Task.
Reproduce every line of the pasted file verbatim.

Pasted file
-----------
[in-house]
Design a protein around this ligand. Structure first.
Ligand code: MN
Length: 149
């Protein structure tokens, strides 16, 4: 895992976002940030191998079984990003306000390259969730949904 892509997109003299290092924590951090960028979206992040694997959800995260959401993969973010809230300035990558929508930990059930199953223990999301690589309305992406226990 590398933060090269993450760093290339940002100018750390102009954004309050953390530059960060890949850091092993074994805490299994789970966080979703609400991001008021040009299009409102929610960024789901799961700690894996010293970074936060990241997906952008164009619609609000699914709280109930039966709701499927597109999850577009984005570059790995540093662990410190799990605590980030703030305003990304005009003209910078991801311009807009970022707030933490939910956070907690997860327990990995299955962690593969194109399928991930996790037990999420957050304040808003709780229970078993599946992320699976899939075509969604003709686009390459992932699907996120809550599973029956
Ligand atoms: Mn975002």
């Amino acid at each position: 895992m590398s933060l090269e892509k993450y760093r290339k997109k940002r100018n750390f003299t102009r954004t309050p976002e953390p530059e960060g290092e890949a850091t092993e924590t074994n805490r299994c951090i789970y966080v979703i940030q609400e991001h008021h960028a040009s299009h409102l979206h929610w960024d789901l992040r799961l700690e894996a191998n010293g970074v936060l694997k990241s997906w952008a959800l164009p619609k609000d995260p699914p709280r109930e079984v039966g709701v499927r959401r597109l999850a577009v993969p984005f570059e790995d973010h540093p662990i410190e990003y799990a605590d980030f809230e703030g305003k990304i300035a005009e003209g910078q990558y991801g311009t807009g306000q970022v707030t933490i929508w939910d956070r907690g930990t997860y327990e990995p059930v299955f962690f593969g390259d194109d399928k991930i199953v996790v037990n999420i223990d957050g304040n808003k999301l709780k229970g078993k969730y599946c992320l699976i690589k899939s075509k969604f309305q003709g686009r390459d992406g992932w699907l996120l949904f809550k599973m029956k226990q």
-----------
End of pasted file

[in-house]
Design a protein around this ligand. Structure first.
Ligand code: MN
Length: 149
């Protein structure tokens, strides 16, 4: 895992976002940030191998079984990003306000390259969730949904 892509997109003299290092924590951090960028979206992040694997959800995260959401993969973010809230300035990558929508930990059930199953223990999301690589309305992406226990 590398933060090269993450760093290339940002100018750390102009954004309050953390530059960060890949850091092993074994805490299994789970966080979703609400991001008021040009299009409102929610960024789901799961700690894996010293970074936060990241997906952008164009619609609000699914709280109930039966709701499927597109999850577009984005570059790995540093662990410190799990605590980030703030305003990304005009003209910078991801311009807009970022707030933490939910956070907690997860327990990995299955962690593969194109399928991930996790037990999420957050304040808003709780229970078993599946992320699976899939075509969604003709686009390459992932699907996120809550599973029956
Ligand atoms: Mn975002």
């Amino acid at each position: 895992m590398s933060l090269e892509k993450y760093r290339k997109k940002r100018n750390f003299t102009r954004t309050p976002e953390p530059e960060g290092e890949a850091t092993e924590t074994n805490r299994c951090i789970y966080v979703i940030q609400e991001h008021h960028a040009s299009h409102l979206h929610w960024d789901l992040r799961l700690e894996a191998n010293g970074v936060l694997k990241s997906w952008a959800l164009p619609k609000d995260p699914p709280r109930e079984v039966g709701v499927r959401r597109l999850a577009v993969p984005f570059e790995d973010h540093p662990i410190e990003y799990a605590d980030f809230e703030g305003k990304i300035a005009e003209g910078q990558y991801g311009t807009g306000q970022v707030t933490i929508w939910d956070r907690g930990t997860y327990e990995p059930v299955f962690f593969g390259d194109d399928k991930i199953v996790v037990n999420i223990d957050g304040n808003k999301l709780k229970g078993k969730y599946c992320l699976i690589k899939s075509k969604f309305q003709g686009r390459d992406g992932w699907l996120l949904f809550k599973m029956k226990q």